You eat a healthy balanced diet daily, exercise regularly and have an annual physical exam, in order to maintain your systemic health, but are you doing everything that you need to maintain your eye health? As we age, our eyes go through many changes and are put at risk of age-related changes. By seeing your eye care provider regularly, some eye related conditions can be monitored or even prevented.
At birth, we start off with very poor vision. When you smile at a newborn baby, it is likely that the baby is not able to see you clearly. As the eye develops and ages, it is forming connections with the brain that allow for better vision in the future. By the age of 9, vision is usually fully developed. An eye care specialist can check the eyes of a young child for any lazy eyes, refractive error (prescription) as well as ocular health. When children begin to go to school, they spend a lot more time using their near vision by reading books, studying and on screens/tablets. This can lead to an increase in myopia (nearsightedness) which can cause issues with distance vision.
In your 20-30’s most people will visit their eye doctor for an updated glasses and/or contact lens prescription. It is at this stage of life that people should follow proper contact lens hygiene and wear eye protection when doing projects that can pose a risk for ocular injuries. You should also wear sunglasses when outside to protect your eyes from UV damage which can predispose you to dry eye and early cataracts.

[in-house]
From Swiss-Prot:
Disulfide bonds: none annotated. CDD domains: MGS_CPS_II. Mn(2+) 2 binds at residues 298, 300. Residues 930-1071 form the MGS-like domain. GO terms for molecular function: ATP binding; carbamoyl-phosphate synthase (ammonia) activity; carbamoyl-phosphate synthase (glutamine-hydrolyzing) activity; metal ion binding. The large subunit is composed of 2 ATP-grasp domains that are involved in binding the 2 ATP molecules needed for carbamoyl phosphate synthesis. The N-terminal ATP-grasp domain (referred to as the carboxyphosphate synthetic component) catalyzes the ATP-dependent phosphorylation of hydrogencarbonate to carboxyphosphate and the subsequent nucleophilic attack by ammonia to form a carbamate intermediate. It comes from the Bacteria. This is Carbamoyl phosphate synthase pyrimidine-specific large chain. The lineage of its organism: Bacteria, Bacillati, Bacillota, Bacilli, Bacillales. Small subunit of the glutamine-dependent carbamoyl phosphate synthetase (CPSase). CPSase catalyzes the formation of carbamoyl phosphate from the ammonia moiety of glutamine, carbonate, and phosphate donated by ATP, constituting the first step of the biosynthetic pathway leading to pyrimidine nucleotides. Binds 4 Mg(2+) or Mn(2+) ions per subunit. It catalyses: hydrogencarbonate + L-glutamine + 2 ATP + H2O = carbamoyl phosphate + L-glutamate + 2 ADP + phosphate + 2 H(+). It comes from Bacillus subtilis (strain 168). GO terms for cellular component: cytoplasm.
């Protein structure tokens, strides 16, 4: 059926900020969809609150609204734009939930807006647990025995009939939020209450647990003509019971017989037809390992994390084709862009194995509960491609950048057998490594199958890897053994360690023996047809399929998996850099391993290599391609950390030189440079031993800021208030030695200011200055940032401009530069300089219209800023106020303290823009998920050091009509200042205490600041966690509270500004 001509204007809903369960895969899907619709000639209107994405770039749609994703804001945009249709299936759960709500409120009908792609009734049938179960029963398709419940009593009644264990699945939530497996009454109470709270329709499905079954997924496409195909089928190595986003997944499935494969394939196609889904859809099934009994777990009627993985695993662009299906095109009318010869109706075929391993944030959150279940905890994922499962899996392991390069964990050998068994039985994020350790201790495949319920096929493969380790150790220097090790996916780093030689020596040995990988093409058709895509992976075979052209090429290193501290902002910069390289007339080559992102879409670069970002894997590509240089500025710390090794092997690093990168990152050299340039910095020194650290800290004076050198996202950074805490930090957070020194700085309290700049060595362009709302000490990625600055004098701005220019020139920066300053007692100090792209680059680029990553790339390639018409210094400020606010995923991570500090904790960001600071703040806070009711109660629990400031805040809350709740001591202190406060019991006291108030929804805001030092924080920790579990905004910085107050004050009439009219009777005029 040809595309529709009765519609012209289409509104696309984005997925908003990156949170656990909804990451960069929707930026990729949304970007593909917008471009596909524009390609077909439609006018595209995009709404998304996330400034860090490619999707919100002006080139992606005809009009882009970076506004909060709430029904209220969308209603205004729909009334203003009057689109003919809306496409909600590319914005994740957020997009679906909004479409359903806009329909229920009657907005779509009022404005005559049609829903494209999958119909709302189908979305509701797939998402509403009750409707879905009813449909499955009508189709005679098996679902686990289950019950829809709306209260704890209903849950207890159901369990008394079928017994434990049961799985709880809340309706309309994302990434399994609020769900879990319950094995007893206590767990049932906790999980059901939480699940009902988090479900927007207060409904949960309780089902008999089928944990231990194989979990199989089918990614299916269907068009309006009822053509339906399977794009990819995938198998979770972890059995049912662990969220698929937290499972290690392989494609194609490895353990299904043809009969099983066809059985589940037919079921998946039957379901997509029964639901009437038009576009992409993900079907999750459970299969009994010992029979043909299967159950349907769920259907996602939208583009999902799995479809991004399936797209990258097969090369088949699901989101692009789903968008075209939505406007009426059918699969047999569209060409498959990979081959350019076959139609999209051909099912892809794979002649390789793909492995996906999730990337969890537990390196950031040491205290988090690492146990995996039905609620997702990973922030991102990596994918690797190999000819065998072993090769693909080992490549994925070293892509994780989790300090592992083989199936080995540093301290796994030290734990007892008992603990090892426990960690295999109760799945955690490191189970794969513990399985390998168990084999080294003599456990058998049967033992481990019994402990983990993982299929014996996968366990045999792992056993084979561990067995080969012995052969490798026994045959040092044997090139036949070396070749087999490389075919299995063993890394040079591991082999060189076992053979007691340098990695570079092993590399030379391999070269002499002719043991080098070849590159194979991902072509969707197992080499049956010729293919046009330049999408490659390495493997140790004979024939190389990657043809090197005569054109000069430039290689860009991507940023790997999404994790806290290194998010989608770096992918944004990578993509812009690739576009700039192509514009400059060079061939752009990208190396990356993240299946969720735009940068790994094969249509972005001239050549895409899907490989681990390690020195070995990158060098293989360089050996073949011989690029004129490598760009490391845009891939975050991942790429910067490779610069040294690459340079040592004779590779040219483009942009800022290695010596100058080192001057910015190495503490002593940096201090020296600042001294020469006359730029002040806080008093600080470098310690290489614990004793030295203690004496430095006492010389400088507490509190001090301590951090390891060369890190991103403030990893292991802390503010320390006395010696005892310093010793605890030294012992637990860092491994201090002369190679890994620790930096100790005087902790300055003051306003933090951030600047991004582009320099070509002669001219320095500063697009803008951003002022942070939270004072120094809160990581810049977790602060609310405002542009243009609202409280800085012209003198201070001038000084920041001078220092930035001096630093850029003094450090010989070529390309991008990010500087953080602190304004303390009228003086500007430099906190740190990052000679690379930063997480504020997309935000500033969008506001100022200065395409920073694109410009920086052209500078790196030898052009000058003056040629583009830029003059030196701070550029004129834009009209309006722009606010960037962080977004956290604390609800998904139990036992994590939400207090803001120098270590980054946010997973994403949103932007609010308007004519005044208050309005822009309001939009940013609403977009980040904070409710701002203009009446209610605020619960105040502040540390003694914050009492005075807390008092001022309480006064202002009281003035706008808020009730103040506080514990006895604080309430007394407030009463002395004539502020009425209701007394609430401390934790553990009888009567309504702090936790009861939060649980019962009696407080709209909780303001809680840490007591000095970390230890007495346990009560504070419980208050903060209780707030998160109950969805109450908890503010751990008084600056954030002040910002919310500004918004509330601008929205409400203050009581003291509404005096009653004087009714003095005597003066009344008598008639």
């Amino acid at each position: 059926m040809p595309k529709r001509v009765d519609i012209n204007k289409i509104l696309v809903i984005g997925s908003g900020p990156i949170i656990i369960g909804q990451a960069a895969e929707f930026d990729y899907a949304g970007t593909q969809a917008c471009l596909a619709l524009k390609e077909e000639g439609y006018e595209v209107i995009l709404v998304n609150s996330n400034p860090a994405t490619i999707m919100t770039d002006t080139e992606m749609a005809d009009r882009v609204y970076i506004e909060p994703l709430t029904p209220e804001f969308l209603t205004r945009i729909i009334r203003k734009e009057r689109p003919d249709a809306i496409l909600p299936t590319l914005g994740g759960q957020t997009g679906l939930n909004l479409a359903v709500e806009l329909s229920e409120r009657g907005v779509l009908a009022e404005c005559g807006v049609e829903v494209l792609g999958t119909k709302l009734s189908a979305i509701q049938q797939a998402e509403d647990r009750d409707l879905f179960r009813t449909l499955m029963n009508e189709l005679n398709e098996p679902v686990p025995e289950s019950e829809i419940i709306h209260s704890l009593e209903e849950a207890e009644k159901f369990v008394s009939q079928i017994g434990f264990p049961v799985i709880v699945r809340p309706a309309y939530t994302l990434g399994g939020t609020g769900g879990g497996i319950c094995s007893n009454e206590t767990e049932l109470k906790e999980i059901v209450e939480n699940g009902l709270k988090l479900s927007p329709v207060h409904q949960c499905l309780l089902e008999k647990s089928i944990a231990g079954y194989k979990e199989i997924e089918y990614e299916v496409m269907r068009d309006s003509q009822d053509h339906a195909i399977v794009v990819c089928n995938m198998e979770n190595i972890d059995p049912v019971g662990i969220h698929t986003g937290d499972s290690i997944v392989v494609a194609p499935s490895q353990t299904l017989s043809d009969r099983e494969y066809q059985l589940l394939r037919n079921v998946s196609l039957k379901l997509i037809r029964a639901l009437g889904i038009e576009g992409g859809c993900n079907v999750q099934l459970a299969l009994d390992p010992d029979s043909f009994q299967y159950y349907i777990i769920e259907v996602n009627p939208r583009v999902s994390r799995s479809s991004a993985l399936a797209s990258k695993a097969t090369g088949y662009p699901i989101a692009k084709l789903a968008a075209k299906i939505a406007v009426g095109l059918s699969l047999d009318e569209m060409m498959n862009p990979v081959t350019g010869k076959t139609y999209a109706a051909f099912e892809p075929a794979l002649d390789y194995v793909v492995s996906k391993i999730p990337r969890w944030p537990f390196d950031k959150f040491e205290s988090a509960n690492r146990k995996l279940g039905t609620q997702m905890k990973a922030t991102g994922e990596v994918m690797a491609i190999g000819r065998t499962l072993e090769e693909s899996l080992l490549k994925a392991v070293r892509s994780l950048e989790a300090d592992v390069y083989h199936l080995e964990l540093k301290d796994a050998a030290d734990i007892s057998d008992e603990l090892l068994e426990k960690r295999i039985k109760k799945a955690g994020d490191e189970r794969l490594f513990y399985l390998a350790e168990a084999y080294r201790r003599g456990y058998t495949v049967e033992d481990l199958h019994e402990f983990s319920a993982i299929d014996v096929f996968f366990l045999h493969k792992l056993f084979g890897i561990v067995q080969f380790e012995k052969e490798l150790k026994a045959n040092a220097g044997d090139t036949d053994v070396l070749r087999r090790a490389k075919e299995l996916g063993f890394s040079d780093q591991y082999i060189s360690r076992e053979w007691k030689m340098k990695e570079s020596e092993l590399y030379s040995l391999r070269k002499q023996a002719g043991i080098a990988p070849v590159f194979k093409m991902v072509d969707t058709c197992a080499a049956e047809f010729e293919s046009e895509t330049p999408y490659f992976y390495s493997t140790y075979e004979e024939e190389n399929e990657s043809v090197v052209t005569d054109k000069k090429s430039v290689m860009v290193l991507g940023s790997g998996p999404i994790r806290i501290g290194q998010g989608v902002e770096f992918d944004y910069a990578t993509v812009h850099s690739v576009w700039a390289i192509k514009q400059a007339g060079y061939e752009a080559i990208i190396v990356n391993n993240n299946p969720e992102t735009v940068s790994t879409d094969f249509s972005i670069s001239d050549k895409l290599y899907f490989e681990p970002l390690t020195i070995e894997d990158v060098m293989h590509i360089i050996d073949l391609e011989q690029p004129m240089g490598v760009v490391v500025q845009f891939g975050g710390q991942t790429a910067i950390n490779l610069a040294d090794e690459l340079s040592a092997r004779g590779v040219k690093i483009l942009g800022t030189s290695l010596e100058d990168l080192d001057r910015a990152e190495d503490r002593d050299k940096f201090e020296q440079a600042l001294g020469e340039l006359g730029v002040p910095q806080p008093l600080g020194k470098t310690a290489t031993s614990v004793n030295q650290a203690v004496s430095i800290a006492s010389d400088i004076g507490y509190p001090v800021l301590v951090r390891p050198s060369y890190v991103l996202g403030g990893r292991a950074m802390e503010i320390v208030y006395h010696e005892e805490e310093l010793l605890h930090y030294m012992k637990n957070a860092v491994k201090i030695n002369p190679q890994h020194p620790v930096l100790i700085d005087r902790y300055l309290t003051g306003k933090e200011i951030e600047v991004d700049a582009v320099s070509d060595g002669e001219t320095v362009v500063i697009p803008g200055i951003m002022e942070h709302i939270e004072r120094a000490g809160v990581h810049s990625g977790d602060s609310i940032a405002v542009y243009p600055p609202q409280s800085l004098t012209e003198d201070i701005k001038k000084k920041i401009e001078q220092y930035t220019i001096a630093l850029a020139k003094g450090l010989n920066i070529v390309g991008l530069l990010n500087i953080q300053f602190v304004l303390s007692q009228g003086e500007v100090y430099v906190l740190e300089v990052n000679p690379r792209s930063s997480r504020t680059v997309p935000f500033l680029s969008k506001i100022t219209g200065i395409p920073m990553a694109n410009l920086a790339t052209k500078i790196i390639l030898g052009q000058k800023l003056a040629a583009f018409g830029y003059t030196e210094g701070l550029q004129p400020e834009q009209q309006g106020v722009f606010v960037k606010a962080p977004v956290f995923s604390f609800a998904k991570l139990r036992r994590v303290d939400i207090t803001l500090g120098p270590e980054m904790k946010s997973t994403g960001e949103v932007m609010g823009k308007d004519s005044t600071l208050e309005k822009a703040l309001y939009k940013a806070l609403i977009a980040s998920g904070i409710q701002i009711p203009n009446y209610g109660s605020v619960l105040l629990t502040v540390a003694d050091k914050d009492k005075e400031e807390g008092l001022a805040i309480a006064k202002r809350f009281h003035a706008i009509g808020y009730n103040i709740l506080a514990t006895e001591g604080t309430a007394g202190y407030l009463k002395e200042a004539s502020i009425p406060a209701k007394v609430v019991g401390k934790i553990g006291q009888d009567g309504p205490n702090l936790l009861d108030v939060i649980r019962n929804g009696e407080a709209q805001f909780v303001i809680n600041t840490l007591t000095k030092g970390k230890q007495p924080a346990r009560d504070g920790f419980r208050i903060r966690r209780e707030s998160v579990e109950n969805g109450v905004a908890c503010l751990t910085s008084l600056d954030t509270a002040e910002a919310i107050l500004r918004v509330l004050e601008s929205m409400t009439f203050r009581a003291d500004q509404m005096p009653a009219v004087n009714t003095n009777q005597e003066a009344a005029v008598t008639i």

In your 40’s, it is a good idea to make yearly eye exams a priority. It is at this stage of life that most adults develop presbyopia, or the inability to focus the eyes up close. Some patients will complain of headaches, eye fatigue or eyebrow aches. A simple pair of reading glasses or an adjustment to your current glasses’ prescription can help relieve these symptoms. You may also start to notice some floating spots in your vision. This occurs when the jelly inside of your eye starts to break down with age. If you see flashes of light accompanying floaters, this is an emergency as it can be a sign of a retinal detachment.
Those over the age of 50 are at risk of developing age-related macular degeneration (AMD). This occurs due to damage to the macula, the part of the retina that is the center of your vision. Dry AMD is the most common form while Wet AMD involves the growth of blood vessels which patients have to receive laser or injection therapy for. Dry eye can occur at any time during life; however, it is more commonly seen in your 50’s and beyond. If your eyes are constantly red and irritated it may be time to add some artificial tears to your regimen in order to make your eyes feel more comfortable.
Cataracts will start to develop in your late 50’s and continue to progress into your 60’s. When they start to affect your activities of daily living by causing glare and decreased vision, that means that it is time for cataract surgery. Cataract surgery is the most common procedure performed and can help to improve your vision and may decrease the need for glasses.
If you would like to discuss your eye health or schedule a routine eye exam with an eye care specialist, please call 860-233-2020 today.